* Identifying young scholars to pursue teaching and research: The most important challenge with respect to the future of universities is our inability to attract the best people to seek job opportunities in higher education institutions. Mediocrity is institutionalised across the sector. We have to develop alternative imagination that will identify young talent across disciplines to consider becoming scholars and researchers. The Prime Minister’s Research Fellows (PMRF) scheme proposed in the Budget is a step in the right direction, but is far too limited in its scope and ability to seek substantial change. The scheme, in its current form, will identify 1,000 best BTech students each year from premier institutions and provide them facilities to pursue PhD in IITs and IISc, with a substantial fellowship. I do not see any reason why this scheme should have limitations based on disciplines and institutions. Any scheme of this kind, to be effective, should be inclusive with regard to disciplines and ought to include humanities and social sciences. Given the broader faculty recruitment crisis and the effort to promote excellence in faculty hiring and retention across all higher education institutions, PMRF must have at least 10,000 students across disciplines, who will become young faculty members. The current proposal is timid and lacks the vision to have a meaningful impact in the larger landscape of higher education.
* Block grants to be provided to all universities to promote research: We have to amend the existing framework that discriminates private higher education institutions in most aspects of government funding. There should not be any difference between public and private sectors when it comes to research funding. Block grants should be given to all public and private higher education institutions so long as they are above a certain grade in the National Assessment and Accreditation Council (NAAC) system. If the larger purpose of the government is to create an ecosystem and a culture of research in universities, how does it matter whether the research emerges from a public or a private institution? In the current system, there are deeply embedded institutional disincentives for promoting research and they have to be removed.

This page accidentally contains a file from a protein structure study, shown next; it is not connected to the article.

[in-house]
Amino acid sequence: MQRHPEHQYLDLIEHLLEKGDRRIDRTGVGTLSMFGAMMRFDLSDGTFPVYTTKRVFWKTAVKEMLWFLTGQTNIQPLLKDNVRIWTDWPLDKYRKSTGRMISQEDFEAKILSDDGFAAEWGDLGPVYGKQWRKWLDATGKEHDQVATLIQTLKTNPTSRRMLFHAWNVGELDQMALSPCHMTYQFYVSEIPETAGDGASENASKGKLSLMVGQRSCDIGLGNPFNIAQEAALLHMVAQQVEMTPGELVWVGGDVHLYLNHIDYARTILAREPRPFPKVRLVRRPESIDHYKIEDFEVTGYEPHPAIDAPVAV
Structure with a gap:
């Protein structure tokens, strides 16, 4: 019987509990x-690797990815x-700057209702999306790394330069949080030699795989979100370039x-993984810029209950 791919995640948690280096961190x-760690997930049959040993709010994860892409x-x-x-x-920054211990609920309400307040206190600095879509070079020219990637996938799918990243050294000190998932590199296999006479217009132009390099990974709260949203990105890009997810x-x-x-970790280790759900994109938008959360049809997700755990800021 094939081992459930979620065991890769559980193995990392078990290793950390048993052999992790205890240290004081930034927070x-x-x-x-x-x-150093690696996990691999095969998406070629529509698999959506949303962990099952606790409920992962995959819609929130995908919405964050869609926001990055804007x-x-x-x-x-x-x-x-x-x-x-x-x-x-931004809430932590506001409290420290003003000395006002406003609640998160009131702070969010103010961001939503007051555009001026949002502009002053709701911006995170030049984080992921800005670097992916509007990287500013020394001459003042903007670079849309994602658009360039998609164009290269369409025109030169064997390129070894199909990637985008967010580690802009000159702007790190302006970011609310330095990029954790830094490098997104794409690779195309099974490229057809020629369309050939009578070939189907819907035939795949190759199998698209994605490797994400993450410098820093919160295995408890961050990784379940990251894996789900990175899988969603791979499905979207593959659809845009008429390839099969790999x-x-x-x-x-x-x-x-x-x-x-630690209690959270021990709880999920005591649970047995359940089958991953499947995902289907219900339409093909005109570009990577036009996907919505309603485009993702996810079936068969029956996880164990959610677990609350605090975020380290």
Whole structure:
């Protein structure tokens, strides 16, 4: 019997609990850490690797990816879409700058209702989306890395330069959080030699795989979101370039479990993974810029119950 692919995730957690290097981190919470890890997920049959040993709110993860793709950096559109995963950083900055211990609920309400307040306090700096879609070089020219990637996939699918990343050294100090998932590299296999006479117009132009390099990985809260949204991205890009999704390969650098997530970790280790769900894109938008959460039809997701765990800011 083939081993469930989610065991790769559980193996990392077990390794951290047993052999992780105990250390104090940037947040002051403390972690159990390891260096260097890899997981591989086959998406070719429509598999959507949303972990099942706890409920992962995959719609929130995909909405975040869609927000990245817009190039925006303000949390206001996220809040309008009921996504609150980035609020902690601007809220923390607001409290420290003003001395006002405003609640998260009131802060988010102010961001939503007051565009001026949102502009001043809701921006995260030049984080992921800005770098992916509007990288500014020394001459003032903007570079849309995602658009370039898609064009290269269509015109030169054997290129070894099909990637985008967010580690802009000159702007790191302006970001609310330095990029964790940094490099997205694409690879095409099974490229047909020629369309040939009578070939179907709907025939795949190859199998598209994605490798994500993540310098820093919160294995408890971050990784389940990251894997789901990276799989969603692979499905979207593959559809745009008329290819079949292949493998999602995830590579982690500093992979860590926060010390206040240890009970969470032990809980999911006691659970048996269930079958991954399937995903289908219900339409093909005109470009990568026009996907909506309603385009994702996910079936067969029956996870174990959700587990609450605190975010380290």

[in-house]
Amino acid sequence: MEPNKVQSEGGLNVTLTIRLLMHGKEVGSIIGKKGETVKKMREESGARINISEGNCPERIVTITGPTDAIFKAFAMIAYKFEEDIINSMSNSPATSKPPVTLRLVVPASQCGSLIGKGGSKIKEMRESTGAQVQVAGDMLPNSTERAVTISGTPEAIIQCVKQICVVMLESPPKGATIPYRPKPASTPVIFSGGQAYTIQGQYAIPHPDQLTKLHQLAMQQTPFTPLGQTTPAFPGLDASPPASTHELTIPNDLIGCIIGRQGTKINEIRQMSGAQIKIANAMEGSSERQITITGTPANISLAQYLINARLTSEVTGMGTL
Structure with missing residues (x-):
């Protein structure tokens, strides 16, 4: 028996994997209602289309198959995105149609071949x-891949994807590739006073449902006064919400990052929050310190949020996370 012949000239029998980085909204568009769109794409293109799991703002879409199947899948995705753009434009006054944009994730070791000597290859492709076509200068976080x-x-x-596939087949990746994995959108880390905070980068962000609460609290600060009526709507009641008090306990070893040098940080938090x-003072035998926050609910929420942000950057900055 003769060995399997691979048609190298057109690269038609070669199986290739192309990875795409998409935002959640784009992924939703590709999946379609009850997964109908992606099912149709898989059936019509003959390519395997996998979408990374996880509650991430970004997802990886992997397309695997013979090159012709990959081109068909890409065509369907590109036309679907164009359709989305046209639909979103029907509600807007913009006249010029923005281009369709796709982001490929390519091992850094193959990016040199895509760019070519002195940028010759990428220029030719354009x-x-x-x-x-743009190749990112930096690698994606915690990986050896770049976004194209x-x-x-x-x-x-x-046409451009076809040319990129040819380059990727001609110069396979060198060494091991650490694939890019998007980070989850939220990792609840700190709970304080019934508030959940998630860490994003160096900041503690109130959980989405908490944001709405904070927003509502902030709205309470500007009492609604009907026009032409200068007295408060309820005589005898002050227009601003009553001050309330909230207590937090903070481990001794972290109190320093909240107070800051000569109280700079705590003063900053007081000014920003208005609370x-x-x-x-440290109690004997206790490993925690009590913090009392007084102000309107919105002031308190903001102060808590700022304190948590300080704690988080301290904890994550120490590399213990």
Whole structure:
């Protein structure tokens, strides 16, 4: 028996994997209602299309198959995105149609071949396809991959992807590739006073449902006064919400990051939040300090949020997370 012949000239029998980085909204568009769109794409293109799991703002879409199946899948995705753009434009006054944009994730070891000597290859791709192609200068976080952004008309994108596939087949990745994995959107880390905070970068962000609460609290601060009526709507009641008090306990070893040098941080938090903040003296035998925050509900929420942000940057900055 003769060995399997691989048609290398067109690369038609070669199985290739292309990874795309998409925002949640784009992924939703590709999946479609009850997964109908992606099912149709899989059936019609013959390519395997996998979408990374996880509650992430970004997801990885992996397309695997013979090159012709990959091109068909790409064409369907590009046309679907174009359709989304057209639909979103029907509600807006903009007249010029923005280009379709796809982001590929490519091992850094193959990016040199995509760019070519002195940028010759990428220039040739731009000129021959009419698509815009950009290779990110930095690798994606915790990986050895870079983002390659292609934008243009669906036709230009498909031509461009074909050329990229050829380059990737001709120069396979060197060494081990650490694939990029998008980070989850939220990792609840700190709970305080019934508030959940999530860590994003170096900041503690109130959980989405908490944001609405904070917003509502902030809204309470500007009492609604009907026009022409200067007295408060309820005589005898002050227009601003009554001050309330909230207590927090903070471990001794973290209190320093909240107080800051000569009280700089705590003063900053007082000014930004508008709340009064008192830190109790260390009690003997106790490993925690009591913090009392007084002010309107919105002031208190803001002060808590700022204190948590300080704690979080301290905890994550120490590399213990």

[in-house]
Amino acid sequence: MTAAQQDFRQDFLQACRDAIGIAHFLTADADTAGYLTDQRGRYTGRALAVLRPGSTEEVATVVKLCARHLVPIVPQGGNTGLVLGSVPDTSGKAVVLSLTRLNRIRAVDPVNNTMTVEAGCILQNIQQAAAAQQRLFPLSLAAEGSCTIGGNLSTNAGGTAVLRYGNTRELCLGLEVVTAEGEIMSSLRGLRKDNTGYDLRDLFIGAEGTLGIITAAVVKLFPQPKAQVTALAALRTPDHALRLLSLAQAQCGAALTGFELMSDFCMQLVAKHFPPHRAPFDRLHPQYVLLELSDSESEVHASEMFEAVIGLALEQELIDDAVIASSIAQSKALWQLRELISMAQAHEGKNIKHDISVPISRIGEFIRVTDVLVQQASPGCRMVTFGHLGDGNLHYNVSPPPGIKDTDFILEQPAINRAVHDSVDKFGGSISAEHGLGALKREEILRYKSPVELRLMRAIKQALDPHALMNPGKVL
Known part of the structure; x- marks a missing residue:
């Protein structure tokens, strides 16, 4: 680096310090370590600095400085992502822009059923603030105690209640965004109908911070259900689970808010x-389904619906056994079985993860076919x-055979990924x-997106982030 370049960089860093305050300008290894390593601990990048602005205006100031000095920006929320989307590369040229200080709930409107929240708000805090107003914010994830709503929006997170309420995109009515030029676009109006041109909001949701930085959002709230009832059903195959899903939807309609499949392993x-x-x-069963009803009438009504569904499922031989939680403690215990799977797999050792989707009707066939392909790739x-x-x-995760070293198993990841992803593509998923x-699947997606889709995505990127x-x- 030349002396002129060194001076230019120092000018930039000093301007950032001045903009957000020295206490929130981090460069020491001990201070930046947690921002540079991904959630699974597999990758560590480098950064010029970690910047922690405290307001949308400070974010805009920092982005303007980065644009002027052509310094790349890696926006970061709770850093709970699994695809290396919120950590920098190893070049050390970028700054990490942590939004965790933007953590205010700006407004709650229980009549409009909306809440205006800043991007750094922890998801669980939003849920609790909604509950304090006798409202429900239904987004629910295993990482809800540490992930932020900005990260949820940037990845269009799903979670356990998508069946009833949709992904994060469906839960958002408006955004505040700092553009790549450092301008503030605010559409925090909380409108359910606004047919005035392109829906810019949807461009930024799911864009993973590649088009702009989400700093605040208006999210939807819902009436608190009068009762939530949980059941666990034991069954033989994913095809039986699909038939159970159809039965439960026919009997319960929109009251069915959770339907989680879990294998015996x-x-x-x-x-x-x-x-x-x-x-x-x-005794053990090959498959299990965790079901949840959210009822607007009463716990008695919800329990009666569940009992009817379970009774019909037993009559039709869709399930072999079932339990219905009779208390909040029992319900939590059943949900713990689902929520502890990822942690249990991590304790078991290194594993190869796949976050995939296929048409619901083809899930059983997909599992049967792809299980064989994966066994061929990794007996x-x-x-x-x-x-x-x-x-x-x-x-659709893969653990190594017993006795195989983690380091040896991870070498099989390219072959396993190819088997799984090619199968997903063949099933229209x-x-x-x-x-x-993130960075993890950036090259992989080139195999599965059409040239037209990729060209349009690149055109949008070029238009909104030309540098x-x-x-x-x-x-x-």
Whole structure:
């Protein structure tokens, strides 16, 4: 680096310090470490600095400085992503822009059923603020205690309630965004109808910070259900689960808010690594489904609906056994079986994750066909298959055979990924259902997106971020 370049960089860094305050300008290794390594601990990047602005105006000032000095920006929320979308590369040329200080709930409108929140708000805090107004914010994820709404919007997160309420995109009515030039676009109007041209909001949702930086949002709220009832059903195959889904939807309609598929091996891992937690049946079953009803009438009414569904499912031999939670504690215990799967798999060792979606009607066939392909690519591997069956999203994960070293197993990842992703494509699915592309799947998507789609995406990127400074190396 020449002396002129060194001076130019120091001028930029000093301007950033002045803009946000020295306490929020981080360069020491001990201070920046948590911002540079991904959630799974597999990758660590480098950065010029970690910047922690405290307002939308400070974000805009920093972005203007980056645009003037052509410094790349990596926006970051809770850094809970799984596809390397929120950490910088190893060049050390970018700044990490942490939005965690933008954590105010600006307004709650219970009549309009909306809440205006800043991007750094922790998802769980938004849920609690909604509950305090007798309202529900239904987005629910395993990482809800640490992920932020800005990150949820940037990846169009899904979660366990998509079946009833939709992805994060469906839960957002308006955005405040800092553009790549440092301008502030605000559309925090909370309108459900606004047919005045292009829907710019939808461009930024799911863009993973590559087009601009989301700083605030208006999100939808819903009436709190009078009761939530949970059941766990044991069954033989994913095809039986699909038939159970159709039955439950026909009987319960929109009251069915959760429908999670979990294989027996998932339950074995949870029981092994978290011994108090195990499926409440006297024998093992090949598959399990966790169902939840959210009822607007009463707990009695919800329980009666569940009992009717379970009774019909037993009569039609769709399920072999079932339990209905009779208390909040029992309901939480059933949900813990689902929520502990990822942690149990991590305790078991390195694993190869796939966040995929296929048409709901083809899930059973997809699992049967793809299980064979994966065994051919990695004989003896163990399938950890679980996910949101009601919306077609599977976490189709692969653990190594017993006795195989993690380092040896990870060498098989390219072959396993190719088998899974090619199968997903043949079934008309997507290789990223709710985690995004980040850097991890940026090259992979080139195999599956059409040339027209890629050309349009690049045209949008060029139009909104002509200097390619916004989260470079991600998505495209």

The way forward
We live in the Asian Century. The rise of China and India in all aspects of social and economic development is the big story. But, for India, this rise will not be possible without a change in our funding and budgetary framework for higher education. We need reforms at all levels; the government should lead this effort. Reforms in tax structure will help promote philanthropy in higher education; we need to use the CSR framework directly to benefit higher education sector and policy guidelines have to be formulated to ensure that funding higher education institutions will fulfil CSR compliance mechanisms. We also need to remove the retrograde step of having GST in any aspect of higher education. The success of all major policies that we are pursuing—including expanding the manufacturing sector, building new rural and urban infrastructure, including smart cities, and promotion of entrepreneurship through developing a culture of innovation—depends upon our ability to build a world-class higher education system. We need more resources, a lot more resources to become a knowledge economy, else we will be left behind, not just in the world, but even within Asia.
By: C Raj Kumar
The author, a Rhodes Scholar, is the founding vice-chancellor of OP Jindal Global University, Sonipat, Haryana.